CHO: – Maybe play material beyond the “standard” tunes?!?! Look, I absolutely love the Great American Songbook. However, I don’t believe jazz will grow by continuing to mine just this resource. When I listen to new recording projects, I tend to feel that the most engaging works are often those written specifically by or for the featured artist. I also have no problems at all with jazz artists utilizing works of contemporary songwriters, contemporary musical theater, film music, etc as the basis of their improvisations. That doesn’t mean the Great American Songbook is abandoned … but particularly if an artist wants to record one of these chestnuts, he/she better have something pretty unique to say because Ella, Trane, Miles, Duke, and innumerable others have already put their spin on them!!
JBN: – John Coltrane said that music was his spirit. How do you understand the spirit and the meaning of life?
CHO: – For me, the act of composing music resonates in three very significant ways.
1) The opportunity to express myself in a way that words never fully could
2) The opportunity to share and communicate intimately with others
3) The opportunity to explore myself . . . . what do I truly WANT to say, what do I value, where do I find beauty, how do I express all of this.
The difference between composition and improvisation is the amount of time one has to reflect upon their decisions and continually seek to perfect their musical gestures. While I love the immediacy of expressing ones soul through improvisation, I also love the challenge of shaping an entire work and striving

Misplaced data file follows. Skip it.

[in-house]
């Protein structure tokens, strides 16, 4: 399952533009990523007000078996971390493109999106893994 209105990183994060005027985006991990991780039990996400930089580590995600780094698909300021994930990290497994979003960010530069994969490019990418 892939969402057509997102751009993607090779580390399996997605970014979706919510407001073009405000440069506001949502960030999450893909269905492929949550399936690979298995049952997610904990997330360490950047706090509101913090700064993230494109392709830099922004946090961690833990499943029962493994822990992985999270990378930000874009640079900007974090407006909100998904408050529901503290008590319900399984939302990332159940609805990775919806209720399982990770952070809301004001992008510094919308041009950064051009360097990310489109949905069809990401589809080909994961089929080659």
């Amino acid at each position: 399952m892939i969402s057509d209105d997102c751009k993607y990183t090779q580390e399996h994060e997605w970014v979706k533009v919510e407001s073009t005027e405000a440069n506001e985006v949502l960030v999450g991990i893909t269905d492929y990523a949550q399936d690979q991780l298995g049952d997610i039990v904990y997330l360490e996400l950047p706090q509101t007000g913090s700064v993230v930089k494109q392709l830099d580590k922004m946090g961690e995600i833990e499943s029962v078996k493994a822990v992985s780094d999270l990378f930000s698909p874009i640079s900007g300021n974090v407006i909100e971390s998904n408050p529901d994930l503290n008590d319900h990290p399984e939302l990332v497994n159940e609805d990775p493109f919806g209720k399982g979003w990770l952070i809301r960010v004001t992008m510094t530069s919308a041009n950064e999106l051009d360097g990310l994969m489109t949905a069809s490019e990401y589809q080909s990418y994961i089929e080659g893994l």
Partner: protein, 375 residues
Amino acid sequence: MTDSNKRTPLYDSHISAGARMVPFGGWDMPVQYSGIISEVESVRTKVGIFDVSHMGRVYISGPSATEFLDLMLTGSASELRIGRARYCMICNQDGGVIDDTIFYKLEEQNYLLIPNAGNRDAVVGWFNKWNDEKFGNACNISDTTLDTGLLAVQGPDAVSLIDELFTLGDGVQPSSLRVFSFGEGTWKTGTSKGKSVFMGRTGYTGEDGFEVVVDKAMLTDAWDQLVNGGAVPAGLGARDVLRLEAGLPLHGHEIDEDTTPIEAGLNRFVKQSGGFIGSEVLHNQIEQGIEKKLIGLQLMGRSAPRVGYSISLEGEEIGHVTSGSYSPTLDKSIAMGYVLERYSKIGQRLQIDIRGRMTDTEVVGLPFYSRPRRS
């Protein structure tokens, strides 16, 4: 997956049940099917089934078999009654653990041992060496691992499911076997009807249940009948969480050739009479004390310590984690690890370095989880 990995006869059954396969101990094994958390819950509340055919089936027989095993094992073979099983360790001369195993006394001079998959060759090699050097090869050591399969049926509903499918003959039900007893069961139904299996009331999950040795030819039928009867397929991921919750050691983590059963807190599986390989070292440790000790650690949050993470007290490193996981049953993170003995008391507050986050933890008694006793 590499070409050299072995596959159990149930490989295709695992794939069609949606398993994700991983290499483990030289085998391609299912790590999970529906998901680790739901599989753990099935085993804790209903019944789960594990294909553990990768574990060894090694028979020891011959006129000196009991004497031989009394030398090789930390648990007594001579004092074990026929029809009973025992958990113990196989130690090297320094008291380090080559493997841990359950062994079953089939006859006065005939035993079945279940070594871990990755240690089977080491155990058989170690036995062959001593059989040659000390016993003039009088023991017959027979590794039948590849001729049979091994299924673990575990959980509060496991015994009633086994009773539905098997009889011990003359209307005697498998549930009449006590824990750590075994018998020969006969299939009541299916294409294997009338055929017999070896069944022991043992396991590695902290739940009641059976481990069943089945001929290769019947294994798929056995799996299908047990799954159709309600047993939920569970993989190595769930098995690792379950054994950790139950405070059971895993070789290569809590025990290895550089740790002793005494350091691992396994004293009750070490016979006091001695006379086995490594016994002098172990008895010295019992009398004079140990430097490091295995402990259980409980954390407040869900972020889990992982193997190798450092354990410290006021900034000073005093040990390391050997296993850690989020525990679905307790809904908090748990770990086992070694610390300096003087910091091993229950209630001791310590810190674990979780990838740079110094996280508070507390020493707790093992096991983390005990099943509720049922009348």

JBN: – If you could change one thing in the musical world and it would become a reality, what would that be?
CHO: – Finding a way to encourage more open and broad based listening instead of the insular approach encouraged by digital bots: ‘If you liked this artist you will like . . . . “
JBN: – Who do you find yourself listening to these days?
CHO: – With my responsibilities at the University, as Pres. of ISJAC, and writing for the Surge, my small group ReSurgence and the WDR big band, I just haven’t had much time to listen to new music recently. Frankly, when I’m in writing mode, I almost purposefully avoid listening to anything else . . . . certainly nothing in the realm of what I’m writing.
JBN: – What is the message you choose to bring through your music?
CHO: – I believe my messages are nuanced and not easily described in words . . . . hence the music! However, I think my focus on the ecology (natural beauty) and the value of community come shining through.
JBN: – Let’s take a trip with a time machine, so where and why would you really wanna go?
CHO: – I’ve always been fascinated with time travel; but, when it comes right down to it, I’m pretty grateful for the opportunities I’ve been given and have no desire to leave the present! If taking a short trip however, I’d love to go back and spend some time with my parents, both of whom I lost some time ago. I miss them! And, in a more adventurous spirit, a friend has been tracing the path of Lewis & Clark as they explored the western US. While it was a hard journey, much of the country they traveled through is incredibly beautiful even today and, unspoiled, it would undoubtedly be stunning.
Interview by Simon Sargsyan